Sometimes when you see a large protest, it’s hard to believe that it is not going to change things.
Recently, I have been thinking of the very loud and well-populated protests that NJEA, as well as other public employee unions, staged last June over the pension and health benefit reform measures passed by the Legislature. It was an impressive sight. Thousands of people were standing and shouting in brutally hot weather to make their opinion known. I thought about them, not so much when the November legislative election results came in, but during the Legislature’s internal elections to determine who would fill each party’s leadership spots.
If you remember back in June when thousands of union members filled the street, their anger was not aimed solely at Gov. Christie. Much of it was focused on the Democrats who supported the pension and health benefit reforms–most notably Senate President Stephen Sweeney and Assembly Speaker Sheila Oliver. The unions held signs that assured the legislators that come November the workers would remember their support for the reforms. The Democratic Party seemed split and, in fact, I wrote an article, called Governor Christie and the Democrats – Divide and Conquer, which outlined this event and the divide it created among the Democrats in the Legislature. Many observers wondered if Sweeney and Oliver would survive this discord and retain their leadership positions. Others wondered if it would affect the legislative races also.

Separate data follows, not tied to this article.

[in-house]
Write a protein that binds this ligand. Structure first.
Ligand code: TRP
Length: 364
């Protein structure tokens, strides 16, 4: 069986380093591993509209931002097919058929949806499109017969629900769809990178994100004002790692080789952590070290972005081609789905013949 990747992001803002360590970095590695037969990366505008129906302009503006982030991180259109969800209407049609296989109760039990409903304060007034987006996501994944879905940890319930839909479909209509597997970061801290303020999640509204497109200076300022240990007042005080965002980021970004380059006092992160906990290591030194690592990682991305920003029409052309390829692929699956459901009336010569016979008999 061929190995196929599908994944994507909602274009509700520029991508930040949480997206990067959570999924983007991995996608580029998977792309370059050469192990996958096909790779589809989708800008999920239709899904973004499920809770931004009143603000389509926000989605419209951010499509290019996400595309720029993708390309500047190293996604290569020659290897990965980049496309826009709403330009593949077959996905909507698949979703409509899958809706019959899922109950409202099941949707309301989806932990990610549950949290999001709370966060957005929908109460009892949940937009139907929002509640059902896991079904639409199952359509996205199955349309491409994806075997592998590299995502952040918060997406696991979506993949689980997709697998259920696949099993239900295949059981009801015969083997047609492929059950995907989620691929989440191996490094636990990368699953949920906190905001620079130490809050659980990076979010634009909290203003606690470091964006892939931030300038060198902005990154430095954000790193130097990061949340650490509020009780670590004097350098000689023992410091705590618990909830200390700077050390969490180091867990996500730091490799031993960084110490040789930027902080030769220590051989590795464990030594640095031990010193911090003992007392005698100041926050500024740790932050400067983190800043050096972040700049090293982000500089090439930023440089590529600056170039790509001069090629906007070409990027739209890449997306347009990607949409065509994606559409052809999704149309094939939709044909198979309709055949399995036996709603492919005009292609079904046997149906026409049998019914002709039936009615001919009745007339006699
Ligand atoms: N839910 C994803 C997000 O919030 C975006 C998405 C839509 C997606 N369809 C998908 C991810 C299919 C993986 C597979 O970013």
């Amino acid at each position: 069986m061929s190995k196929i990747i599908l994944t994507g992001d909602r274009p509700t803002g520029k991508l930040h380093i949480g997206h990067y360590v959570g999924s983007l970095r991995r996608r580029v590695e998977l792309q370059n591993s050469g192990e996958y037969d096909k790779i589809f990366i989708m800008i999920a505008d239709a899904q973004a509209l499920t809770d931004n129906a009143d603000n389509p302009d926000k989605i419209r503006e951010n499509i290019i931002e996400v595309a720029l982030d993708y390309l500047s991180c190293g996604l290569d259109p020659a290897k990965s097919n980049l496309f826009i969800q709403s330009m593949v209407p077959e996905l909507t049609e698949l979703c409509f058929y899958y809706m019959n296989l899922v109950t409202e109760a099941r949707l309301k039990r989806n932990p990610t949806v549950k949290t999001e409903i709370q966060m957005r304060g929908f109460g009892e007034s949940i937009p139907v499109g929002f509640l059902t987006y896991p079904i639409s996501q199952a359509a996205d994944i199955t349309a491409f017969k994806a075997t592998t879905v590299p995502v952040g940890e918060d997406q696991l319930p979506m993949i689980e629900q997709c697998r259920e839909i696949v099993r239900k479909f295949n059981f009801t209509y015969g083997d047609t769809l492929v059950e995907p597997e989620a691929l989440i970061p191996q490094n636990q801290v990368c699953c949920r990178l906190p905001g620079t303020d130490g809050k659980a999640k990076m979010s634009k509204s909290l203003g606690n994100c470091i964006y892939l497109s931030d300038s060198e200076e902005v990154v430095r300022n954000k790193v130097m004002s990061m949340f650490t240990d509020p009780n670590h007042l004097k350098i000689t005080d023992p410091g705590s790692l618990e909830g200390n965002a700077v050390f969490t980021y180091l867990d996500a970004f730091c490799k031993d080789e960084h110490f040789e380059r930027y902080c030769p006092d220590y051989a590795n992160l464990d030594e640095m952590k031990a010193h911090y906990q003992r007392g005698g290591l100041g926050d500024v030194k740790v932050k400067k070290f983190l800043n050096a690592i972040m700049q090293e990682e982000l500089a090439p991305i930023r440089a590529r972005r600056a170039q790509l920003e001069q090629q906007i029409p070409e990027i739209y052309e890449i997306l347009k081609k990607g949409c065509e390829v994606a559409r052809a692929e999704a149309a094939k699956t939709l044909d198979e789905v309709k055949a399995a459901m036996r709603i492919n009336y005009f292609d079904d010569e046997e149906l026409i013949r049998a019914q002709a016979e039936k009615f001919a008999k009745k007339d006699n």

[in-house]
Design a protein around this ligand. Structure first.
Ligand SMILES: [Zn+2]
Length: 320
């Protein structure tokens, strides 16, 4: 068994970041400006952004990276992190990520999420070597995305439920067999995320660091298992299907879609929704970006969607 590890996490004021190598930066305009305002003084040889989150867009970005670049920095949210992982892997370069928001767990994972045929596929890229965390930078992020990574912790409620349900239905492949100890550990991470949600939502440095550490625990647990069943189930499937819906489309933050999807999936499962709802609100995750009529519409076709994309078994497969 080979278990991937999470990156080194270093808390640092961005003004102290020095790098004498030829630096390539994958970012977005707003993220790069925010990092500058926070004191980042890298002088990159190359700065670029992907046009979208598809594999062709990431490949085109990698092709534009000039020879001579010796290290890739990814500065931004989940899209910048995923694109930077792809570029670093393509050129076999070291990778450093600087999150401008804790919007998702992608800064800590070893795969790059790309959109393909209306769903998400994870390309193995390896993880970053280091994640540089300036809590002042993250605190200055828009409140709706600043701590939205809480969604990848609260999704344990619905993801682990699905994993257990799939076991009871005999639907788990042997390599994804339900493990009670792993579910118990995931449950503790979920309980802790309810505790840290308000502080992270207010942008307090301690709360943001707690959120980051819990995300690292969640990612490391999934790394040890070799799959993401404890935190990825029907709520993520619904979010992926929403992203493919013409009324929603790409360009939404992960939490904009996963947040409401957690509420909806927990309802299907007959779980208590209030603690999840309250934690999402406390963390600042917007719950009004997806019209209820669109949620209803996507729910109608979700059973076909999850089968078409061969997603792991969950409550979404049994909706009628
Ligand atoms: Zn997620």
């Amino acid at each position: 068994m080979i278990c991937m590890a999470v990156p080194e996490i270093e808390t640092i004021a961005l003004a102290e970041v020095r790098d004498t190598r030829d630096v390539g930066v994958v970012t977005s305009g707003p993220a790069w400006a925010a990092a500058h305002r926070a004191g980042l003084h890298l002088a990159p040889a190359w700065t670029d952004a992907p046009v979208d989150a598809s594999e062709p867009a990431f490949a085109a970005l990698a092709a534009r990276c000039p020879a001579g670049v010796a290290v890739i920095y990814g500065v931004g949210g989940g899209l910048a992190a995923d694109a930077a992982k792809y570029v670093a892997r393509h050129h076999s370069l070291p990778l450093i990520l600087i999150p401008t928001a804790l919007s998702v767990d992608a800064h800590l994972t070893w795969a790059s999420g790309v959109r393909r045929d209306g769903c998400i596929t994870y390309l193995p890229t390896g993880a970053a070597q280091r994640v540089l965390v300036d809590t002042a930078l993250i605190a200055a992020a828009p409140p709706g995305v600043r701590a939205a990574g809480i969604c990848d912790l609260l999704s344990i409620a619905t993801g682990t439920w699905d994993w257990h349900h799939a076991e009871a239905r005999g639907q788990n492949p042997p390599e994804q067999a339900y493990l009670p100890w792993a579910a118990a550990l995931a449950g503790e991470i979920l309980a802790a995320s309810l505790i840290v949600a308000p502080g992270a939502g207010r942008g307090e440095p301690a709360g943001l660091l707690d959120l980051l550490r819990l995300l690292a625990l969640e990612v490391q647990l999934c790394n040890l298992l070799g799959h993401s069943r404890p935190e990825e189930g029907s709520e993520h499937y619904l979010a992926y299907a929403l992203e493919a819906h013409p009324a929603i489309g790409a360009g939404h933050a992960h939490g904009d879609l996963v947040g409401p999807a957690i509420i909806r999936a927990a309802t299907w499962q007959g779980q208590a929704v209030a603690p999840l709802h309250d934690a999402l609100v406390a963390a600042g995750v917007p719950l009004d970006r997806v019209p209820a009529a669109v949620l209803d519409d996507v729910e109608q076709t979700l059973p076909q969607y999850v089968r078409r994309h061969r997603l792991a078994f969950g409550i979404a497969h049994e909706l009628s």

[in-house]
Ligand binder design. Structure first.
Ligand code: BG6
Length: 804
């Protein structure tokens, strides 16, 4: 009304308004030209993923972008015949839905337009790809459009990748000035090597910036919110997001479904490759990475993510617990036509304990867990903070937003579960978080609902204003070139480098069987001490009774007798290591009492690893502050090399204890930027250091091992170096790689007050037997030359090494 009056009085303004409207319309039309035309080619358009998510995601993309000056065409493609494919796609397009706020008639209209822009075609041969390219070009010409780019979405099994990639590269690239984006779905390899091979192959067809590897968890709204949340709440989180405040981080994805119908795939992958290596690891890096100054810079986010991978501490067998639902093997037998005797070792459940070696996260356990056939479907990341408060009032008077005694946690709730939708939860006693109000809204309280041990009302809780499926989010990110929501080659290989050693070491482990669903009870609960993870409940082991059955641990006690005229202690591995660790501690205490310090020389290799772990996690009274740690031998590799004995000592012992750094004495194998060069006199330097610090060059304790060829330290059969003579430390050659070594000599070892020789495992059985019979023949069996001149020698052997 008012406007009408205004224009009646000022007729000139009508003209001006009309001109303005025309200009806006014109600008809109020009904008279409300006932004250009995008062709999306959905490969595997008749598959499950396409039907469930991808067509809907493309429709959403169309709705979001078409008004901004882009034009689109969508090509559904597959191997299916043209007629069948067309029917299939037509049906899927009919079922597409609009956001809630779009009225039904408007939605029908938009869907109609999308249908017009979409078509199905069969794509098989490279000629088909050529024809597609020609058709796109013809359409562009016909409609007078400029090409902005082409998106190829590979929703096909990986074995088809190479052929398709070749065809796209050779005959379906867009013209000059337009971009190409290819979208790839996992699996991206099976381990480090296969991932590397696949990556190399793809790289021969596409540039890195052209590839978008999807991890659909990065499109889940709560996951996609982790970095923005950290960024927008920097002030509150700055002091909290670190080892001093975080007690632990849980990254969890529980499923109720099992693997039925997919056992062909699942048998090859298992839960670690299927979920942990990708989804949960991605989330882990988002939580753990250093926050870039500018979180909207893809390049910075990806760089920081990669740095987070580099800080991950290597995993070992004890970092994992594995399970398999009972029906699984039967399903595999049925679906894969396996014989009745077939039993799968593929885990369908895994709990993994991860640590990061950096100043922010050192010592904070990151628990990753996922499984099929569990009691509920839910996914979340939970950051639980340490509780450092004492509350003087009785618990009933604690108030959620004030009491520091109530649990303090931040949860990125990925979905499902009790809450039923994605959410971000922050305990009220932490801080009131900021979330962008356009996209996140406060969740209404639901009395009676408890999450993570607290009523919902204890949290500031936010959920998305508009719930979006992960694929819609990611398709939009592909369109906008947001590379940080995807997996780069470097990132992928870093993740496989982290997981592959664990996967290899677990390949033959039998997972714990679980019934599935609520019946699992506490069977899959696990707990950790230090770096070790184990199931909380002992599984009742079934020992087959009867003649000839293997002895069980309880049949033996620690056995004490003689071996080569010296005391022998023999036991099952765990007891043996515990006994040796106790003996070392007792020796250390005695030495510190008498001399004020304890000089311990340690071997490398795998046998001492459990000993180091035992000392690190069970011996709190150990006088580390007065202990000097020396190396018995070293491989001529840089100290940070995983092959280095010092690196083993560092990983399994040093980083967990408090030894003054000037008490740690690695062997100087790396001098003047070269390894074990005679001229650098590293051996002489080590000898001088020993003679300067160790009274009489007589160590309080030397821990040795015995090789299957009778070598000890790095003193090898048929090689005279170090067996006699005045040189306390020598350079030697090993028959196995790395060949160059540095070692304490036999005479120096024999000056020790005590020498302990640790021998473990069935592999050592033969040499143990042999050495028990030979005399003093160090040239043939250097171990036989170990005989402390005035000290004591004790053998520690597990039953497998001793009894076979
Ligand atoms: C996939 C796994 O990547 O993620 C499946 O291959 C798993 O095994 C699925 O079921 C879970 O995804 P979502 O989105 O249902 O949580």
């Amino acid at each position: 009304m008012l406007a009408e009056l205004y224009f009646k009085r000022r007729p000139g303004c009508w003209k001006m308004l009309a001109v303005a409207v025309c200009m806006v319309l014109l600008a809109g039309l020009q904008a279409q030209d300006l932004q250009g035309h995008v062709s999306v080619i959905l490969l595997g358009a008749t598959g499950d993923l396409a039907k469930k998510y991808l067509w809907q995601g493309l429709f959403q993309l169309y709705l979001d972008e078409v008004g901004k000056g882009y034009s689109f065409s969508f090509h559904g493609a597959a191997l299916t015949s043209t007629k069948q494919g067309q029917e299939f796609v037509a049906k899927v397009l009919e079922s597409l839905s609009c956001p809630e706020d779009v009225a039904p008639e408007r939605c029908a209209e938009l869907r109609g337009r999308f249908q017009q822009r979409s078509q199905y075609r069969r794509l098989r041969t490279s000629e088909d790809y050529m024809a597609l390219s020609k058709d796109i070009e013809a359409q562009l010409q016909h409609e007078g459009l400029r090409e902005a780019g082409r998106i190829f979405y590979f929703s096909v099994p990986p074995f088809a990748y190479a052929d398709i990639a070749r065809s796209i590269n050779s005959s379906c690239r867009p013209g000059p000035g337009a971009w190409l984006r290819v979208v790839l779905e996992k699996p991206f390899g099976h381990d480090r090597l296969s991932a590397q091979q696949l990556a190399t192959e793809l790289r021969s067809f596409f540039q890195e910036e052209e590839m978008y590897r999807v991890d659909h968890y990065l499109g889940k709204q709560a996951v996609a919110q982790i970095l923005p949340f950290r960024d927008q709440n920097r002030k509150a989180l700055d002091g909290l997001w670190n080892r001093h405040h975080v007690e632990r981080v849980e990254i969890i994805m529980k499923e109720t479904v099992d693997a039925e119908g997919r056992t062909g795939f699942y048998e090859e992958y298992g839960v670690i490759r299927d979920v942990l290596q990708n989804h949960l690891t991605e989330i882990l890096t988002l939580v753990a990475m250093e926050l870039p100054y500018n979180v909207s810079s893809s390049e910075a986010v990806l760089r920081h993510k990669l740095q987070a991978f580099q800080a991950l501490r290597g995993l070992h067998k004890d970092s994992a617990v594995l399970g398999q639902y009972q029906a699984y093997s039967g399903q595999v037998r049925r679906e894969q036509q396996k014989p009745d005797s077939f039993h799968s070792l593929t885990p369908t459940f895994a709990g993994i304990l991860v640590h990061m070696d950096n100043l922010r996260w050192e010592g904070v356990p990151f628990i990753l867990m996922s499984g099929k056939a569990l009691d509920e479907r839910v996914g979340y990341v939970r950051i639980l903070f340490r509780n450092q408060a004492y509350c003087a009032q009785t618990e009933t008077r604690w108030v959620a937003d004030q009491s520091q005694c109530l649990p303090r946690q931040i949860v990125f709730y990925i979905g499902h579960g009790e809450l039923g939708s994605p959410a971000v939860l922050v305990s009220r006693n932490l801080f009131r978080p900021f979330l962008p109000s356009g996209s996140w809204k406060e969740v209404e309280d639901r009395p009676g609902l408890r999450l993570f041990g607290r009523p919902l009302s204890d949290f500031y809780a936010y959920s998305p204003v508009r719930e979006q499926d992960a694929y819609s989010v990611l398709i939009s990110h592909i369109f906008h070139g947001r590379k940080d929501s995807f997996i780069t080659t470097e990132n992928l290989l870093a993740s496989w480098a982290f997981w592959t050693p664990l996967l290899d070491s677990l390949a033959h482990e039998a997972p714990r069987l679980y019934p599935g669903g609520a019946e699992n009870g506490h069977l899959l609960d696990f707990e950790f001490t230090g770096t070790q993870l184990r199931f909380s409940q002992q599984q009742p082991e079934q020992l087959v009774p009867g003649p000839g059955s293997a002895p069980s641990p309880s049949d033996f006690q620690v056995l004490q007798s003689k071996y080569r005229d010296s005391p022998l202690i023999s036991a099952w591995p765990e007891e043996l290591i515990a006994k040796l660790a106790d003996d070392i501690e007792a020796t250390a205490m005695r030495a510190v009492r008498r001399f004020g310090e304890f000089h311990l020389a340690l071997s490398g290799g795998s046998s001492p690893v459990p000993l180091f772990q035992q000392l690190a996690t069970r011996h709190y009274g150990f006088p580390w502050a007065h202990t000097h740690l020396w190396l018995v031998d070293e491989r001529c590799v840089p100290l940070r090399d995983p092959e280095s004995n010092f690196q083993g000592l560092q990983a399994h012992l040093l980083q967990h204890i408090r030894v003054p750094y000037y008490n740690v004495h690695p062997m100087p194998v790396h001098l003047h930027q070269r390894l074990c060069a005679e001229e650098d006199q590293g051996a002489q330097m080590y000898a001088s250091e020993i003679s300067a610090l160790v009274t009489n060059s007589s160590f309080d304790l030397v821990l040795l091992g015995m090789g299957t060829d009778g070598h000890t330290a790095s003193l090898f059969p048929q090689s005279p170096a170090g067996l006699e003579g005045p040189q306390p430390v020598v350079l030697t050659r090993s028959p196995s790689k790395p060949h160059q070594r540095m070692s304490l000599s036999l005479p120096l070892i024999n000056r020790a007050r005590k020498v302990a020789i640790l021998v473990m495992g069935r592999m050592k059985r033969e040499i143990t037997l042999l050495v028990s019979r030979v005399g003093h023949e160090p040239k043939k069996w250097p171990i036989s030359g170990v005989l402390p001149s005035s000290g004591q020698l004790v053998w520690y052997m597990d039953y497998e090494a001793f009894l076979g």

In the November elections, the NJEA withheld support for the two Democratic leaders, as well as others who had supported the reforms. Since most Democrats in the Legislature had not supported the bills and the public employee unions were upset, it was plausible that their leadership might be challenged, especially in the Assembly where it was reported that some lawmakers were seriously pursuing the possibility of changing leadership. After all, doing that might placate the unions which are a core base of the Democratic Party.
So what happened – less than six months later? (more…)